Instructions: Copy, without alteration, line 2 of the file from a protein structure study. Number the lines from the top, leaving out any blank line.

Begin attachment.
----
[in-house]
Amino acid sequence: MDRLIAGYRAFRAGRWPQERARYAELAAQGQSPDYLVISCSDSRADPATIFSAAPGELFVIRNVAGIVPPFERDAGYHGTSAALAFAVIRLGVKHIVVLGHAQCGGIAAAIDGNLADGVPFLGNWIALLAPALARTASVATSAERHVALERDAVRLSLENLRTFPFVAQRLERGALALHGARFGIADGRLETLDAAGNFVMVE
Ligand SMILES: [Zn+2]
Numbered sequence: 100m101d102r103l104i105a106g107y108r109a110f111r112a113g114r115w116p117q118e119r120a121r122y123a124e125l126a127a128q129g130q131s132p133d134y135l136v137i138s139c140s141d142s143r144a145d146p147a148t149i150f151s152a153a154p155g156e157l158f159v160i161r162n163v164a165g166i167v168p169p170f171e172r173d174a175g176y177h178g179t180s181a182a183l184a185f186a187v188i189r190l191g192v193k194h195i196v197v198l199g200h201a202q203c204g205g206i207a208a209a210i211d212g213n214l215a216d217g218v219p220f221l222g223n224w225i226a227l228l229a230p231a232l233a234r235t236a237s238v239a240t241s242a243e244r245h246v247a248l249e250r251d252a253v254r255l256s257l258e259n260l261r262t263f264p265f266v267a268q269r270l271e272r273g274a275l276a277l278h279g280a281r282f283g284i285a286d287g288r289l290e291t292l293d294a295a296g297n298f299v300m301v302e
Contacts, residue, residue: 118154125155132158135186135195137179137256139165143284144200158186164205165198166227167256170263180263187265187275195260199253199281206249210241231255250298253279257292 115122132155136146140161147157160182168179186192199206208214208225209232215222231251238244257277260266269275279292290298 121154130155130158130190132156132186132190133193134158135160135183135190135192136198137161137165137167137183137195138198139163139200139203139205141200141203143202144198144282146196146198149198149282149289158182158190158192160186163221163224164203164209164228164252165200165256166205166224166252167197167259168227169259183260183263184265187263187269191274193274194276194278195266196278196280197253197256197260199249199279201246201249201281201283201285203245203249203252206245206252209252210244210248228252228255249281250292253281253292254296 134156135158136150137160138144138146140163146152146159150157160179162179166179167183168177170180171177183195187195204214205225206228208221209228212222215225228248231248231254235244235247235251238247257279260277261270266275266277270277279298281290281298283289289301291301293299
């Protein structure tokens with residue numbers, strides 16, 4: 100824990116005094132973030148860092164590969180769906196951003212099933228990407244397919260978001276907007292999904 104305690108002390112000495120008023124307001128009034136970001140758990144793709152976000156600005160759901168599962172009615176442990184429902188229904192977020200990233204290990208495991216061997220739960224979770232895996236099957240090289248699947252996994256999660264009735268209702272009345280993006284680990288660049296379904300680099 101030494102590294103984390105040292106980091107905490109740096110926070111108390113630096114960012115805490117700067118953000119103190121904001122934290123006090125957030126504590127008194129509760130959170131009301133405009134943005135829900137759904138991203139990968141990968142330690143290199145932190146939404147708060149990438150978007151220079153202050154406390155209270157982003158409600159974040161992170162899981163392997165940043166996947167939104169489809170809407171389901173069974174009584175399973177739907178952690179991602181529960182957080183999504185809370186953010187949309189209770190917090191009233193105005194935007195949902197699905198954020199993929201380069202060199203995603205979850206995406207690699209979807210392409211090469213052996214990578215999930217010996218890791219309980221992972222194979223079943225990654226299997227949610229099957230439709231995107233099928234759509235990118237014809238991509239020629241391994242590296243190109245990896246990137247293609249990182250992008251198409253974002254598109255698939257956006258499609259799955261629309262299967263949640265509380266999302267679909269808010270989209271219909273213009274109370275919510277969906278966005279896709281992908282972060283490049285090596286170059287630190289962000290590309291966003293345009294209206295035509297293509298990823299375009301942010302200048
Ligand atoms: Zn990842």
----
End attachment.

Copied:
Amino acid sequence: MDRLIAGYRAFRAGRWPQERARYAELAAQGQSPDYLVISCSDSRADPATIFSAAPGELFVIRNVAGIVPPFERDAGYHGTSAALAFAVIRLGVKHIVVLGHAQCGGIAAAIDGNLADGVPFLGNWIALLAPALARTASVATSAERHVALERDAVRLSLENLRTFPFVAQRLERGALALHGARFGIADGRLETLDAAGNFVMVE